But then I started wondering...cannabis downregulates cannabinoid receptors. Supposing that we can extrapolate these finding to humans, could this downregulation actually have an adverse effect? What if you smoke all the time (not in any way advocating this)? What if you smoke once a day or less?

    Anyway, interesting article. Thanks for sharing it!
  5. C.D.rose
    Re: Bodyguard for the Brain: Researchers Identify Mechanism That Seems to Protect Bra

    I know that thought but, personally, I think that cannabis isn't good for anything really other than medical treatments (i.e., curative use) when other options have failed and when it has proved to be effective or when the potential harm of trying it out is smaller than the potential (or probable) harm of letting someone go untreated. By that I want to say, in contrast to single cannabinoids or cannabinoid preparations (such as Sativex), actual cannabis is such a complex combination of active ingredients that it's basically impossible to go from an isolated finding such as the one presented in this article to the conclusion that cannabis would be good for doing this or that. For example, cannabis not only contains cannabinoid agonists, but also antagonists such as THCV. How do they interfere with or change the pharmacological actions of THC and other agonists in cannabis? How does the presence of a variety of agonists differ from the administration of THC alone? And so on...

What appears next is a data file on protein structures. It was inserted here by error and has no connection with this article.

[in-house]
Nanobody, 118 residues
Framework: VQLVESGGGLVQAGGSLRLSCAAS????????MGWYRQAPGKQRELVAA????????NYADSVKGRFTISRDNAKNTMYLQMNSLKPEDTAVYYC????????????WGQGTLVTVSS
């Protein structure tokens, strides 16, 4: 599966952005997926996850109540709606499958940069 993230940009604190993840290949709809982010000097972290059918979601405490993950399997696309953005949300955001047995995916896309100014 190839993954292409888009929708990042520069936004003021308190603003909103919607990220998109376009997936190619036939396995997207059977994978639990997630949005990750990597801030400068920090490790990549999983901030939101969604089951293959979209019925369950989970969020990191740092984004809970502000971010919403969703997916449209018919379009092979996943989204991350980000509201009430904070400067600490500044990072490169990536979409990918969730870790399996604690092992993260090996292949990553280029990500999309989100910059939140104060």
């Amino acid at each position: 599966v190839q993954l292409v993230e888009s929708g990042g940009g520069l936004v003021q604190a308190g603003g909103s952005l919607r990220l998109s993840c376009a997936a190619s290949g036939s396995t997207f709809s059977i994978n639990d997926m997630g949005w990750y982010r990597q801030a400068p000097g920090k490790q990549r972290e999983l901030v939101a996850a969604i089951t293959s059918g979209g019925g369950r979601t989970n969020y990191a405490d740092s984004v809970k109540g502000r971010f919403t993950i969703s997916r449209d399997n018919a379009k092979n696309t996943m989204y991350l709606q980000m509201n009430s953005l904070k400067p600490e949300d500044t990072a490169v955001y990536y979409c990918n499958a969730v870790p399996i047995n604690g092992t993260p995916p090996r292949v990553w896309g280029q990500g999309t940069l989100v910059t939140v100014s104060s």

6. Crazy Insane Sanity
    Re: Bodyguard for the Brain: Researchers Identify Mechanism That Seems to Protect Bra

    Yes, I agree. That's kind of the point I was trying to make, but you went into more depth than I did. I've never been much a fan of the "cannabis is the miracle drug that can cure anything...etc." I was just trying to make a point that this doesn't mean cannabis is good (although the first thing that sprang to mind was a potential benefit), and I was trying to pry for some input from someone who knows more than me on the subject.

    With that said, thank you for reminding me about the various other constituents in cannabis that have varying pharmacological properties. I do feel that marijuana may have some medical benefits, and I also am all for it's legalized regulation...but I do not think marijuana is "good" for you, like many others do. Marijuana has it's downfalls just like any other drug, especially when abused. I would, however, like to see more information on this topic. Perhaps there are cannabinoids that can slow the onset of dementia? Maybe, like I suggested before, they would make matters worse? Only time and research will tell, but if anyone cares to speculate, I'd gladly listen.